Side-chain functionalized luminescent polymers for organic light-emitting diode applications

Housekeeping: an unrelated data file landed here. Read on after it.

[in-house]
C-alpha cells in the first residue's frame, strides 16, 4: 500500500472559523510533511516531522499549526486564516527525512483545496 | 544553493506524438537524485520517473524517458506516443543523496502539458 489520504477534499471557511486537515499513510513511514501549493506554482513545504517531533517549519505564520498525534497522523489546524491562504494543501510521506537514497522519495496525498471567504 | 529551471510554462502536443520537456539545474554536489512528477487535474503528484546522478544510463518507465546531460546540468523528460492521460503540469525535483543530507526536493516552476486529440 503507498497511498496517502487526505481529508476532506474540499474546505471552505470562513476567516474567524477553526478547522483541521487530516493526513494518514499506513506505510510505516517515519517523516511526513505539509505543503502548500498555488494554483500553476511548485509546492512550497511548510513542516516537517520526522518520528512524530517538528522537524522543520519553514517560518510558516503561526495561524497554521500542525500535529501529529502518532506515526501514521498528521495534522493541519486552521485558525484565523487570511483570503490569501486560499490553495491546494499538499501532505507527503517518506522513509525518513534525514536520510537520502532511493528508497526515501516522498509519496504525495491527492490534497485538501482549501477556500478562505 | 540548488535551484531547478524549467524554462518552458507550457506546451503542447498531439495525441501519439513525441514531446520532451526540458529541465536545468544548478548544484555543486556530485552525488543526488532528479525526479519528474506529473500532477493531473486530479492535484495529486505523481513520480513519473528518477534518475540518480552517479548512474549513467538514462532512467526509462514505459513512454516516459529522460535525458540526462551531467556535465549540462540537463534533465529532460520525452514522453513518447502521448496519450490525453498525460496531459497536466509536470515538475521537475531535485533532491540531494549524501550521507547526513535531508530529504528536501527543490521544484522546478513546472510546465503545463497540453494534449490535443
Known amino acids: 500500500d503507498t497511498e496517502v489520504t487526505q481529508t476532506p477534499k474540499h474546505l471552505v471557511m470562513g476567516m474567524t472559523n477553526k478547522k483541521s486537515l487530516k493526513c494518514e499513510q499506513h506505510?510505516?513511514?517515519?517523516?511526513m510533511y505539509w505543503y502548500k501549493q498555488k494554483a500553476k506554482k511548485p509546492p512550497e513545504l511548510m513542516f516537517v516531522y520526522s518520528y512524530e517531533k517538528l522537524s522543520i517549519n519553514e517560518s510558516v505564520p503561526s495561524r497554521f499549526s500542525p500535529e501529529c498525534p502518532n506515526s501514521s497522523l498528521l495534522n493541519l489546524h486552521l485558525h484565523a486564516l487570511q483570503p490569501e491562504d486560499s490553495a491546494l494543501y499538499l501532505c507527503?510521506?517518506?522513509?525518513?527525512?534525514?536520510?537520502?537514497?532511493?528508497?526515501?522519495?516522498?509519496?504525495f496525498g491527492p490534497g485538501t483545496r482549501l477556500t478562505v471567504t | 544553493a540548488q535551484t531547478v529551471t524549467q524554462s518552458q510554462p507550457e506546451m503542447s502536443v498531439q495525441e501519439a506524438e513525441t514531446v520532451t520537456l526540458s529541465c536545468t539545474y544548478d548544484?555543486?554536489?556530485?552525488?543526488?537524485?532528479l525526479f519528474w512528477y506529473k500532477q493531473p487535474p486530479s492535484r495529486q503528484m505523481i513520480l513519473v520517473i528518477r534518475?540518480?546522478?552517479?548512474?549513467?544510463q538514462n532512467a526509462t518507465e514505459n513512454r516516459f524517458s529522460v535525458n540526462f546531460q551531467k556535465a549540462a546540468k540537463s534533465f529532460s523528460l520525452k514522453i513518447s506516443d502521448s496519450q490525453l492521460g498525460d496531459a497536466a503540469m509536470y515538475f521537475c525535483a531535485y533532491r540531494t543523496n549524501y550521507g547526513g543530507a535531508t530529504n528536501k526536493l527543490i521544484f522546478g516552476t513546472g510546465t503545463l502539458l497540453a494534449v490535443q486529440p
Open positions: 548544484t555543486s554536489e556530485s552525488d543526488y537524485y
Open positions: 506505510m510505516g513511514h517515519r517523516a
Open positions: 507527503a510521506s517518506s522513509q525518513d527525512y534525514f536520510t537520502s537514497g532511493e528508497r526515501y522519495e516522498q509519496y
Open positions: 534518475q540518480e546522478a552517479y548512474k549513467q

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This thesis aims to provide a detailed understanding of side-chain functionalized polymers as emissive materials for OLEDs. The syntheses and photophysical properties of these solution-processable materials as well as the effects of metal types, polymer backbones, chain lengths, spacer types and lengths, host types, and concentrations of the metal complexes on the emission properties and device performance will be dicussed. The polymers were functionalized with host materials along with the metal complexes to enhance the charge transport and to obtain energy transfer from the host to the complex. The physical and photophysical properties of the polymers were tuned by changing the backbone and the metal complex. Poly(norbornene)s, poly(cyclooctene)s, and poly(styrene)s were studied. The differences in the glass transition temperatures and PDIs of the polymers indicated that device performances might be affected by the polymer type due to the differences in the processability of the polymers. In addition to the backbone, it was found that device performance is dependent on various parameters such as molecular weight, metal loading, spacer type, and spacer length. In each case, it was found that the polymer backbone does not interfere with the basic photopysical properties of the metal complexes. The two main classes of metal complexes studied in this thesis are metalloquinolates and iridium complexes. It was shown that the emission properties of poly(cyclooctene)s containing 8-hydroxyquinolines in their side-chains could be altered by simply changing the metal. Green- and near IR-emitting polymers were synthesized by employing aluminum and ytterbium, respectively. On the other hand, for the iridium complexes, changes in color were achieved by varying the ligands. Iridium containing polymers with emission spectra that span the entire visible spectrum were synthesized by employing the appropriate ligands. It was demonstrated that OLEDs with high efficiencies can be fabricated by using these polymers as the emissive layer.